In light of recent announcements by the organisers for Rio 2016 that the budget for the games will be cut by 30% in order to keep Brazil’s government from being forced to pay for any budget, deficit incurred. Currently, the games are privately funded with a budget of around 3 billion US dollars. However, any budget shortfalls or overspending are the responsibility of the Brazilian government. This announcement comes in the light of concerns over water pollution for athletes and protests in 2013 and 2014 over overspending for the World Cup and Olympics as both Brazilians and those around the world see an Olympic games still far from ready for launch.
What will be affected?
The committee listed the following services as being most impacted:
Opening ceremony – approximately three and a half hours long – budget cut. Now estimated to be 10% of the cost of that of London 2012
All promotional videos must now be made in-house
Online lottery for tickets scrapped and all on open sale with the option to pay by instalments
More tents and fewer structures at Olympic events
Infrastructure at test events scaled back
Volunteer programme, which includes English lessons for participants, likely to be cut from 70,000 to 60,000
The particularly large cut was to the the opening ceremony, generally seen as a nation’s primary opportunity to showcase the work they have done to prepare the games and to impress on the world stage.
These budget cuts come after reports surfaced that one quarter of all projects had not yet been started and in many cases were without a building contract or even a plan. One reason for this is a major corruption scandal involving the state run oil company Petrobras has implicated multiple construction companies and led to a slowing in the building process for 2016.
As seen in the 04 games in Athens, late construction often leads to ballooning costs as speeds becomes a priority. Thus, these recent cutbacks are significant in that they will make a tough job for organisers for the Rio games even tougher. John Coates, a senior IOC official, was quoted as saying that Brazil’s preparations were “the worst I have ever seen,” and while the IOC has taken a softer stance since then their attitude has not changed much.
Flagging tickets sales
Currently only 30% of all tickets for the games have been sold with less than a year away from the games, and much of this can be attributed to the precipitous fall of the against that of the dollar.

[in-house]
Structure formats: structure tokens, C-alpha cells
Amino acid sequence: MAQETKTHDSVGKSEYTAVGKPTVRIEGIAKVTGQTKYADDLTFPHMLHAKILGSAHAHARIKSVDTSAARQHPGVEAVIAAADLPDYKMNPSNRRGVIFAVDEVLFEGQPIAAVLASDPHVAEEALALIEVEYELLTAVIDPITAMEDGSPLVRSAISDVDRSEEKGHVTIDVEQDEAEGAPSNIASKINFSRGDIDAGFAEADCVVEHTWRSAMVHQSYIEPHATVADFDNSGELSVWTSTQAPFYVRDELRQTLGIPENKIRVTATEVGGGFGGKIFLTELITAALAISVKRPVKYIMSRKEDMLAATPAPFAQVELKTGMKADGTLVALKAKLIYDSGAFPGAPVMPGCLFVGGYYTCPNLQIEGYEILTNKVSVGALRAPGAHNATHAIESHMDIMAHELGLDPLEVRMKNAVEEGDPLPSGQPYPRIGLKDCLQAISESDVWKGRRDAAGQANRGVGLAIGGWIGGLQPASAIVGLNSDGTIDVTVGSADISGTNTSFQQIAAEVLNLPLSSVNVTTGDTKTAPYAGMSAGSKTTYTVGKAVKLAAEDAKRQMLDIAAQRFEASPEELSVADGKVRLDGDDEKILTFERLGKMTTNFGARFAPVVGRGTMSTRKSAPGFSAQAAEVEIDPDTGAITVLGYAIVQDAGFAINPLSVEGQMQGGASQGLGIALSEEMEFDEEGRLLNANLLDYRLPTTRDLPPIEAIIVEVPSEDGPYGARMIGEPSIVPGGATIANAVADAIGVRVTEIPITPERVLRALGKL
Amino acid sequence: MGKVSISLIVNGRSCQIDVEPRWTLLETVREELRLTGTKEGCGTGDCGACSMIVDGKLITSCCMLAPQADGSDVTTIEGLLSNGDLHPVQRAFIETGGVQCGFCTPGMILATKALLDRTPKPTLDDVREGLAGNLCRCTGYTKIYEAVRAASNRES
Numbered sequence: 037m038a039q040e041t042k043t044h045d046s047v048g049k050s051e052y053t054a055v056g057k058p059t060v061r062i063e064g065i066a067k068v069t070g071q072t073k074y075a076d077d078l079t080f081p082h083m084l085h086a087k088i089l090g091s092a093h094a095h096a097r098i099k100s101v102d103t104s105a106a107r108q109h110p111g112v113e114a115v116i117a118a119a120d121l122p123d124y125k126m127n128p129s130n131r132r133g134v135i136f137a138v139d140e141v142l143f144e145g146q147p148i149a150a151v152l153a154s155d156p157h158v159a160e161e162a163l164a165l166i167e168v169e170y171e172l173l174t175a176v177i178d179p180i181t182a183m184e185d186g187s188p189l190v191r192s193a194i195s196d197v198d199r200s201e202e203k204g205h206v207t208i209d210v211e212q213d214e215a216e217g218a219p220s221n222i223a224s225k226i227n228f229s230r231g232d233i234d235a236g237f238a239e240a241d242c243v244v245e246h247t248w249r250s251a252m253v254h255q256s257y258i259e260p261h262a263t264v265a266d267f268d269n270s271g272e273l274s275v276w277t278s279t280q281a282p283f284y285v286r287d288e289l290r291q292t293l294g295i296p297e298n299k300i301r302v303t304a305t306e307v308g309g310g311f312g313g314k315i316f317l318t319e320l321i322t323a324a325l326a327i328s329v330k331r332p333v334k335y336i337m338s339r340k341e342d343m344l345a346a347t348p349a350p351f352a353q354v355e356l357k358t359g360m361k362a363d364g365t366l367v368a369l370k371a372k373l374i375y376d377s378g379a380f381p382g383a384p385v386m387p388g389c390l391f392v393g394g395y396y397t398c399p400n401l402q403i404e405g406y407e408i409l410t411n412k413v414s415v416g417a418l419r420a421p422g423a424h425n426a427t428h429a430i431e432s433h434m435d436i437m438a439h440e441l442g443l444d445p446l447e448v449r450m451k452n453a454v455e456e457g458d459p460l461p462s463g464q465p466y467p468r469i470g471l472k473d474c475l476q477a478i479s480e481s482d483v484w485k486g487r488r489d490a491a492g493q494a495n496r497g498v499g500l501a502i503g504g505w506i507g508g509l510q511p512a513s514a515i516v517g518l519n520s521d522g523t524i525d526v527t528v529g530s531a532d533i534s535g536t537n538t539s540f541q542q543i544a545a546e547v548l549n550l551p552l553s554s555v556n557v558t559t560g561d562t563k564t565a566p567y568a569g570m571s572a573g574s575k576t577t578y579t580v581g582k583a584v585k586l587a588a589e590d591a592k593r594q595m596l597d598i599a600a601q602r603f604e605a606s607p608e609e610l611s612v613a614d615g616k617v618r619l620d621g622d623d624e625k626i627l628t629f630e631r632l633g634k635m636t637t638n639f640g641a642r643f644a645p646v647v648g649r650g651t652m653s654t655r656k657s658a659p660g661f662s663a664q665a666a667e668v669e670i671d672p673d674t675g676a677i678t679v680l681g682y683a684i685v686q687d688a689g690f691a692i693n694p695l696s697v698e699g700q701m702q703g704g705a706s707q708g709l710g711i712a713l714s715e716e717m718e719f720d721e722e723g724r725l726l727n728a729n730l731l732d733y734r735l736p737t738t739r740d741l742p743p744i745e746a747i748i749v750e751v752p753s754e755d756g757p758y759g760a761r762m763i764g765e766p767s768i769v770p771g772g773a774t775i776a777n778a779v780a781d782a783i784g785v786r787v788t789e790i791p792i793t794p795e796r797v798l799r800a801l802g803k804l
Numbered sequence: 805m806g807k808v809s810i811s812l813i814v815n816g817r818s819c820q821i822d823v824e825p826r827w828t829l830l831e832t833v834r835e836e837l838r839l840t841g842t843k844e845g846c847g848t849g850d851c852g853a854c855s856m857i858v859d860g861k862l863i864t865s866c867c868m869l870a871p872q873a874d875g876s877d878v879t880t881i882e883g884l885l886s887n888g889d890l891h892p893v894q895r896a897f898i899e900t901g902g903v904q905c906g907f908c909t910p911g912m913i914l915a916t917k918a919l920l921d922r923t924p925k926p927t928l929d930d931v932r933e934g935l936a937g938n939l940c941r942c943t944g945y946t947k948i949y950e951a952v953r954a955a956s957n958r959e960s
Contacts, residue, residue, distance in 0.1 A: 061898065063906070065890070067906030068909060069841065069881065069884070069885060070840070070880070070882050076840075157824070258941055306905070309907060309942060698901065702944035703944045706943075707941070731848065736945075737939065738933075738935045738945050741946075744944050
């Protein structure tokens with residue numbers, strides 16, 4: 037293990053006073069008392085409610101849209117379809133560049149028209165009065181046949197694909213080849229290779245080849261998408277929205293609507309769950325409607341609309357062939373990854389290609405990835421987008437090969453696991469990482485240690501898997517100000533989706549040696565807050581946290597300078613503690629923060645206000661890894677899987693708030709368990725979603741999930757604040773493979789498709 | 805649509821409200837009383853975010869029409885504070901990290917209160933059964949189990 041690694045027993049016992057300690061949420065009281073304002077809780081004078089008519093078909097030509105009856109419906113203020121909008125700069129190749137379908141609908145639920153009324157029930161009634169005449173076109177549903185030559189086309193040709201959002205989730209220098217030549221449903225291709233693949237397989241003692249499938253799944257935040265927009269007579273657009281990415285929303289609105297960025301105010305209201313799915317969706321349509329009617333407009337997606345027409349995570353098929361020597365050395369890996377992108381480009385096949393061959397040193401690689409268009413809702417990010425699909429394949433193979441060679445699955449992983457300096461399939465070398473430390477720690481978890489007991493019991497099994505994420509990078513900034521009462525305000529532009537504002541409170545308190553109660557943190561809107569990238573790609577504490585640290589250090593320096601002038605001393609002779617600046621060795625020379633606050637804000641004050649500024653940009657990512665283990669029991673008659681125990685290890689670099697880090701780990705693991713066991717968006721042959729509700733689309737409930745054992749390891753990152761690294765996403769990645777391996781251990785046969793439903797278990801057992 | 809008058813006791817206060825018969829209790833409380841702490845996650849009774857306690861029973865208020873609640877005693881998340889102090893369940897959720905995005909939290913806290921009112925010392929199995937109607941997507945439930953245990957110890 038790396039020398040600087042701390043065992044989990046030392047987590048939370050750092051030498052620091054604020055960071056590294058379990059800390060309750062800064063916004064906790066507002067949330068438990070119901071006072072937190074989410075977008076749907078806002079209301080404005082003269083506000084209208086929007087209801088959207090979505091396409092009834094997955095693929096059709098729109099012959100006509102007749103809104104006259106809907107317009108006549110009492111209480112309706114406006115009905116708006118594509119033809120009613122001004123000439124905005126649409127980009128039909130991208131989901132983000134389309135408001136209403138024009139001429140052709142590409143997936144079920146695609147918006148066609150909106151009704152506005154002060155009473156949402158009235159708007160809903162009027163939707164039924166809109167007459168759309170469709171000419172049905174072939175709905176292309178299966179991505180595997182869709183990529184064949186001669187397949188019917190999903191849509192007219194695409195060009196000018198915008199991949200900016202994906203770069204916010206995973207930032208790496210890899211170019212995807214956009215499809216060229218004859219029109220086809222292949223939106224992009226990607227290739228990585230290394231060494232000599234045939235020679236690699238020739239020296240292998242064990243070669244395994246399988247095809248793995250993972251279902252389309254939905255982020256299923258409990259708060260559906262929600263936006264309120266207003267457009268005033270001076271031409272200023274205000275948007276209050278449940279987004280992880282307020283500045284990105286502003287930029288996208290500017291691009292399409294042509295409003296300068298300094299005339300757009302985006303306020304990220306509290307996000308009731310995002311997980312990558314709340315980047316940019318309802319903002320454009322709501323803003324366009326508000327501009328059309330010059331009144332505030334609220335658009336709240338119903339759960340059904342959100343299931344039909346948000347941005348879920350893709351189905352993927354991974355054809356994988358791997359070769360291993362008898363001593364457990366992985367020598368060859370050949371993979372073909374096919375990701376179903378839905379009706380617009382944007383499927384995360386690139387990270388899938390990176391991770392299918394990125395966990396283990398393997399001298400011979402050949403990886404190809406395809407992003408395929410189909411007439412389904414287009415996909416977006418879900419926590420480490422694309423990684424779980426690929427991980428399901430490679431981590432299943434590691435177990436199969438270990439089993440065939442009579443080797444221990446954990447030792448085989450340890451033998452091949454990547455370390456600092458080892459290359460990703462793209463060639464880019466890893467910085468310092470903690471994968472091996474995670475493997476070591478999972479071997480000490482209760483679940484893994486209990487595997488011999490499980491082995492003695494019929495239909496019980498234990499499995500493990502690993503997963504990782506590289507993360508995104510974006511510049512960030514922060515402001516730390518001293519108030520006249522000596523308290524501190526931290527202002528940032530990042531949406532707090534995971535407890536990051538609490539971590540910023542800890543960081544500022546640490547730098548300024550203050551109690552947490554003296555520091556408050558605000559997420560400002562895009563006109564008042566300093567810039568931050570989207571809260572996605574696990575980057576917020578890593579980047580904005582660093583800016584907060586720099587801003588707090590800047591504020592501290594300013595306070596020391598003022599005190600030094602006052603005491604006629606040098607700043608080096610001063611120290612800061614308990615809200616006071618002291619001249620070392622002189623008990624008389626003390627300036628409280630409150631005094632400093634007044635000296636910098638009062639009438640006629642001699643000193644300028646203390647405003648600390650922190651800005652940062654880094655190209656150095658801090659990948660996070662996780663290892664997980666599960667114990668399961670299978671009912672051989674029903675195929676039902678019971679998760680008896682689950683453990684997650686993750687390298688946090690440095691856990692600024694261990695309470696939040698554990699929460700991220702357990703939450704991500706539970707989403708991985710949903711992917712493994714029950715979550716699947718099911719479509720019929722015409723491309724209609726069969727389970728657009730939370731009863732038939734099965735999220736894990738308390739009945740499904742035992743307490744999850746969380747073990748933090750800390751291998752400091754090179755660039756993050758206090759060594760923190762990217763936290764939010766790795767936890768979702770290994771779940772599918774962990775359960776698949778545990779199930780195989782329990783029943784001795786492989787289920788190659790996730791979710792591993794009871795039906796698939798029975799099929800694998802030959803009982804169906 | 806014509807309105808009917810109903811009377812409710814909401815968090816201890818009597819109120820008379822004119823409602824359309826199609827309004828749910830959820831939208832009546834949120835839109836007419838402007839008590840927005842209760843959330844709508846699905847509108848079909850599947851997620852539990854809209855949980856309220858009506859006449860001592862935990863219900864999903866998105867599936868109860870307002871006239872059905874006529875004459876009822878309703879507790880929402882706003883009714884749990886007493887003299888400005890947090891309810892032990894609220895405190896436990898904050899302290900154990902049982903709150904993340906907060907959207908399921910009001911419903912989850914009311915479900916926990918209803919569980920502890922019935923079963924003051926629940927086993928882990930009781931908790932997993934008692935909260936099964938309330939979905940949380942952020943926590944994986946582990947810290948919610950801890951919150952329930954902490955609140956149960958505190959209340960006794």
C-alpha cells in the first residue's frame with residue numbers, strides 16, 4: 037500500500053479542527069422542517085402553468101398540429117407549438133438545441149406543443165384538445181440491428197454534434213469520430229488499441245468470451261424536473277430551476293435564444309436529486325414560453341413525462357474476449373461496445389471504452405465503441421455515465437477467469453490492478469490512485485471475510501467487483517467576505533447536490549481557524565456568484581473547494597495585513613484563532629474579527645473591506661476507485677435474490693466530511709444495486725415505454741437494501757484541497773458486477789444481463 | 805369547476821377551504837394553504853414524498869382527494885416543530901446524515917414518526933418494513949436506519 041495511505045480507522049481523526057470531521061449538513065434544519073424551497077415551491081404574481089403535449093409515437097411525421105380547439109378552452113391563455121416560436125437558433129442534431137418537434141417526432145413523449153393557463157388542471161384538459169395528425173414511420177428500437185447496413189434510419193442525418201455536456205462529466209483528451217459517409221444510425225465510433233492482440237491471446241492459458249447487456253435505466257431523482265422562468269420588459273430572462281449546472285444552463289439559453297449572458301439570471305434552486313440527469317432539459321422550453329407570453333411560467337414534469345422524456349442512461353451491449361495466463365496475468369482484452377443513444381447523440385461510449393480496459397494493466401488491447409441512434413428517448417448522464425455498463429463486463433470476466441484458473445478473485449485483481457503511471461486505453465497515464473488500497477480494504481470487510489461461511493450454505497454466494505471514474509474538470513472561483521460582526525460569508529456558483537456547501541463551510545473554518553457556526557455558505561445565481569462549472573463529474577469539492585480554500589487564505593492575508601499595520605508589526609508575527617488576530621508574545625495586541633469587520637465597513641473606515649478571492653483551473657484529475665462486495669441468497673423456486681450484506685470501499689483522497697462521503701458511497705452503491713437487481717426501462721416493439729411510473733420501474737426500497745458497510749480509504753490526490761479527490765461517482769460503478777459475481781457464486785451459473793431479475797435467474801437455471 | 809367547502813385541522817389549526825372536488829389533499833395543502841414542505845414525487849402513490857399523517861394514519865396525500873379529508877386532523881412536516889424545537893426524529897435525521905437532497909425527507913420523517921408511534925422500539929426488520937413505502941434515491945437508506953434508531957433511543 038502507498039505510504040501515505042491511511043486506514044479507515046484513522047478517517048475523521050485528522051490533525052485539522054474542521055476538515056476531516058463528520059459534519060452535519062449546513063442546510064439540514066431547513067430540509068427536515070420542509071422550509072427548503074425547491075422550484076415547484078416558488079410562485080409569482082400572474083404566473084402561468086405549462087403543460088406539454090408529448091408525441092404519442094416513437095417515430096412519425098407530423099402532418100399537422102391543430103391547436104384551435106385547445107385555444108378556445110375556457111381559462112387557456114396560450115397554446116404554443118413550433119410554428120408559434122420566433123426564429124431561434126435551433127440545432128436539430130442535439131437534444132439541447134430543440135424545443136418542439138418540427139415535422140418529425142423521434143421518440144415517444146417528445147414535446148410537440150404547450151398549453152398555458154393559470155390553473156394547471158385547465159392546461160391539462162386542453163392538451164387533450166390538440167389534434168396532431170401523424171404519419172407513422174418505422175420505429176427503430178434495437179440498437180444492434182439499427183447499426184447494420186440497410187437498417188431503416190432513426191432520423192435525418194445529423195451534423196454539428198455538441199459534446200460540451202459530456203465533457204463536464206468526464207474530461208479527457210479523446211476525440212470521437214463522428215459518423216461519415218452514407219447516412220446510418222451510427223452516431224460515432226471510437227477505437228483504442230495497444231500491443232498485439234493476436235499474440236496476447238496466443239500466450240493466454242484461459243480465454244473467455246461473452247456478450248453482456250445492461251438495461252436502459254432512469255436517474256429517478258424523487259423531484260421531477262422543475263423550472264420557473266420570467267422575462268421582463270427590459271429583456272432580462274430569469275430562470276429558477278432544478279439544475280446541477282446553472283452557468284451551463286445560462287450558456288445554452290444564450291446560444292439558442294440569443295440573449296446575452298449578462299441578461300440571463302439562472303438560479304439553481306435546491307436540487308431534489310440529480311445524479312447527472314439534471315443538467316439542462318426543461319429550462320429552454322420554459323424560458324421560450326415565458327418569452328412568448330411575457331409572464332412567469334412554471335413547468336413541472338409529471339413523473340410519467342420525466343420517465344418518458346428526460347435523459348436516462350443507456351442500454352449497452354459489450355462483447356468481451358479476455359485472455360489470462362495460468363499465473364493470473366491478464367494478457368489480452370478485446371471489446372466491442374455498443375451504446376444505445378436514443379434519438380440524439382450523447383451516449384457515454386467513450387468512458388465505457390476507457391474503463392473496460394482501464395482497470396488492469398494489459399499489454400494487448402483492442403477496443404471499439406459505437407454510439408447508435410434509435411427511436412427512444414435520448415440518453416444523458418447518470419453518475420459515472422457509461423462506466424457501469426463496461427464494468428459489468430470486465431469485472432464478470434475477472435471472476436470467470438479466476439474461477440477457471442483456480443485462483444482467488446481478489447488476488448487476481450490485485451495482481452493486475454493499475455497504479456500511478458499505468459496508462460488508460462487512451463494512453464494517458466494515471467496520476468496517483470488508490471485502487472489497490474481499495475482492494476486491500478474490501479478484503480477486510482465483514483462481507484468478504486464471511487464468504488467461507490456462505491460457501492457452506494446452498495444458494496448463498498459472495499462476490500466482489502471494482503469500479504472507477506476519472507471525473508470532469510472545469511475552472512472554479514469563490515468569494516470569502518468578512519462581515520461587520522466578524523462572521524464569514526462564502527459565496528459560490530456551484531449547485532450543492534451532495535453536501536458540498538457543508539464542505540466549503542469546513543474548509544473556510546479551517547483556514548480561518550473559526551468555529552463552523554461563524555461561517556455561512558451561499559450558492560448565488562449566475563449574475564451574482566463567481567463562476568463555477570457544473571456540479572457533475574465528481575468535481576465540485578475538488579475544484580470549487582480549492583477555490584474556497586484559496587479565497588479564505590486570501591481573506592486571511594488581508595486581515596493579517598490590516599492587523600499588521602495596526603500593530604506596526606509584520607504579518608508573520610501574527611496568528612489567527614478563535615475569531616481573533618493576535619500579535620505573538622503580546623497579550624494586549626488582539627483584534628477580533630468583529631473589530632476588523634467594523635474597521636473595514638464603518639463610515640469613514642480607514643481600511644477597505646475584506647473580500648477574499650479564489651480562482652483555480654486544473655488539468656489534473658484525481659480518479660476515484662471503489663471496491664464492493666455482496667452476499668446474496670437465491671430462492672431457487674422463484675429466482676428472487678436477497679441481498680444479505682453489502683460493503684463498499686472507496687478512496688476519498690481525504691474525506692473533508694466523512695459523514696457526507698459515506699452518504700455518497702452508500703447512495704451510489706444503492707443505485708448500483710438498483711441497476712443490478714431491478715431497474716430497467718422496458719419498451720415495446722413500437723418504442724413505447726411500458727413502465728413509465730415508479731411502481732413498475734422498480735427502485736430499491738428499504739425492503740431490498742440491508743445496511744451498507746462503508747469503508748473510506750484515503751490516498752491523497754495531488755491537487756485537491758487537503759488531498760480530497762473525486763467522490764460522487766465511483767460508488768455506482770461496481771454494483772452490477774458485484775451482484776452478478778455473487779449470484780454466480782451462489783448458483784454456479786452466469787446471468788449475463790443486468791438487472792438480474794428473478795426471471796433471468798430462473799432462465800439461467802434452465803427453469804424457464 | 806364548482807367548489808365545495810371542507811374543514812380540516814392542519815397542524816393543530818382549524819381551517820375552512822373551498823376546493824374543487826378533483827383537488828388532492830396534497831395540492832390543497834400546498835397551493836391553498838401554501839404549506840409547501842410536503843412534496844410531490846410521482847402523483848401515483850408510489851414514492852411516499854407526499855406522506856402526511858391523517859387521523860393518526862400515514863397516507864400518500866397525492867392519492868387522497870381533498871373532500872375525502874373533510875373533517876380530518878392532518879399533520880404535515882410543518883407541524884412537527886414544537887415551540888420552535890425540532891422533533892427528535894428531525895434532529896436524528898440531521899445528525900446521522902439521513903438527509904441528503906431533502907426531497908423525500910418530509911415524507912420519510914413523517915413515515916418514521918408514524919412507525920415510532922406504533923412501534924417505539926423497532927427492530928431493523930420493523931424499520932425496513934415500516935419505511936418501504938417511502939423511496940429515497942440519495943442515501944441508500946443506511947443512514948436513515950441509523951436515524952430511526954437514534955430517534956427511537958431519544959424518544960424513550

When Brazil was given the bid for the games, a pre-negotiated exchange rate for tickets was set up when the real was much stronger. Now, with a ticket for the men’s 100 meter final being sold for $383 when in an open market they would only be sold for $303. However, Brazil not negotiating the exchange rate in light of the value of the real experiencing a drop has likely stymied ticket sales.
With ticket sales being the third highest form of revenue for the games, low ticket sales could also hurt Brazil as it attempts to keep the games on budget and not dip into tax payer funding in order to make up a shortfall.
The most publicized issue of the games thus far has been the issue of water pollution as concerns over the health of athletes competing in the Rodrigo de Freitas Lagoon rises.
The environmental agency in Brazil has certified the water as being safe for competition, even after they admitted that over half of the sewage from Rio into the lagoon goes untreated. While Brazil has improved its water treatment dramatically since 2009, the IOC has begun to test for viruses in the water at the urging of the WHO. IOC Medical Director Richard Budgett:
“The WHO is saying they are recommending viral testing,” We’ve always said we will follow the expert advice, so we will now be asking the appropriate authorities in Rio to follow the expert advice which is for viral testing. We have to follow the best expert advice.”
With independent testing from the IOC, WHO, and the International Sailing Federation approaching perhaps the bigger issue is that there are only 4 labs in all of Brazil capable of the microbiology necessary to test for viruses in the lagoon and other water venues.
Still time to adjust
The Olympic Games in Rio de Janeiro are still roughly 10 months away, and Brazil does have time to build the necessary venues while staying under budget. However, as protest by Brazilians continue to mount along with pressure from the IOC, many organisers and government officials will wonder if hosting such a large endeavor was as good an idea as they thought.